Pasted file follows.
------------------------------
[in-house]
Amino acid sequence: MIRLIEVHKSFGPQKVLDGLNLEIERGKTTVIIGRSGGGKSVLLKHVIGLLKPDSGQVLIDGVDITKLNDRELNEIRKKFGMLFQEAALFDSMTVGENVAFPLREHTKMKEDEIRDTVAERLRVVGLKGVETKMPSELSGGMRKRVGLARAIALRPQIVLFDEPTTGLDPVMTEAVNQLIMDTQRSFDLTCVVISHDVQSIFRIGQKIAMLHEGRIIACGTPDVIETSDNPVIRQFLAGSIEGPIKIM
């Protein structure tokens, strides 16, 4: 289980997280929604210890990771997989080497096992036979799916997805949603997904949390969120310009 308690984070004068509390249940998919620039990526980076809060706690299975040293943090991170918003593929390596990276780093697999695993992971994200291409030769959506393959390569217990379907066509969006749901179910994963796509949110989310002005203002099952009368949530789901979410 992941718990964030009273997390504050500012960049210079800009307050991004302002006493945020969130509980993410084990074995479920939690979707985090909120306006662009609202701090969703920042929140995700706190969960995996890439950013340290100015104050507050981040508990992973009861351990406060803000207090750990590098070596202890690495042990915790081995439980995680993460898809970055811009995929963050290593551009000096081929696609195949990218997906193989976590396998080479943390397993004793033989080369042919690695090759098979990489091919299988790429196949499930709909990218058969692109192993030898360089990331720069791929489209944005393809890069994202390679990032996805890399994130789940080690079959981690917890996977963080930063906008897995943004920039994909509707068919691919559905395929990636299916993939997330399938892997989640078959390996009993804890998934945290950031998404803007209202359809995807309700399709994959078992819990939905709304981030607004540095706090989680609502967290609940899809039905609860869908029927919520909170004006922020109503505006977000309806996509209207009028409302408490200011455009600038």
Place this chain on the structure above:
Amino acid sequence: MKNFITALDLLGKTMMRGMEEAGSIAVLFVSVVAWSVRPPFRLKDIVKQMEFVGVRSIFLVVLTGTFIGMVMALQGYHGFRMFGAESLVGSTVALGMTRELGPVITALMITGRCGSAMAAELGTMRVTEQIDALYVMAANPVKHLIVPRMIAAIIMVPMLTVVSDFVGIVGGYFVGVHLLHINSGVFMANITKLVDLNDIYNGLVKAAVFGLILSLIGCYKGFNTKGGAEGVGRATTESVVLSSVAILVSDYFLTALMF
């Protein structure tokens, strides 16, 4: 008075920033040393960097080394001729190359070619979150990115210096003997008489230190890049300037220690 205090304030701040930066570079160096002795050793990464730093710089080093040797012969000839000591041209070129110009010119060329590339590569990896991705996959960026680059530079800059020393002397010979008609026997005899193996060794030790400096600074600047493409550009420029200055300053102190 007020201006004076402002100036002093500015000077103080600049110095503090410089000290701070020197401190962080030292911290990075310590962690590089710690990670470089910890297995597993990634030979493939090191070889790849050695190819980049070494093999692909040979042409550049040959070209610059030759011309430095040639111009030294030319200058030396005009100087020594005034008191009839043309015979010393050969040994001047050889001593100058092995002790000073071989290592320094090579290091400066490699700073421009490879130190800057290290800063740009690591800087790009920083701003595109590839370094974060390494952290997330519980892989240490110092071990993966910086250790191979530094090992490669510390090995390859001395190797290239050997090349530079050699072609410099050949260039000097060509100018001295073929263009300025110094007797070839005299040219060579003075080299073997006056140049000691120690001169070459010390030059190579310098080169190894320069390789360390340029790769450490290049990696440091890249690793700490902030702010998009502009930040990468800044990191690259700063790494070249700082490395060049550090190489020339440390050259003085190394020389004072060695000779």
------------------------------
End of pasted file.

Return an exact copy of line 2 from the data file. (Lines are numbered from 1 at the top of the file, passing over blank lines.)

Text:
Amino acid sequence: MIRLIEVHKSFGPQKVLDGLNLEIERGKTTVIIGRSGGGKSVLLKHVIGLLKPDSGQVLIDGVDITKLNDRELNEIRKKFGMLFQEAALFDSMTVGENVAFPLREHTKMKEDEIRDTVAERLRVVGLKGVETKMPSELSGGMRKRVGLARAIALRPQIVLFDEPTTGLDPVMTEAVNQLIMDTQRSFDLTCVVISHDVQSIFRIGQKIAMLHEGRIIACGTPDVIETSDNPVIRQFLAGSIEGPIKIM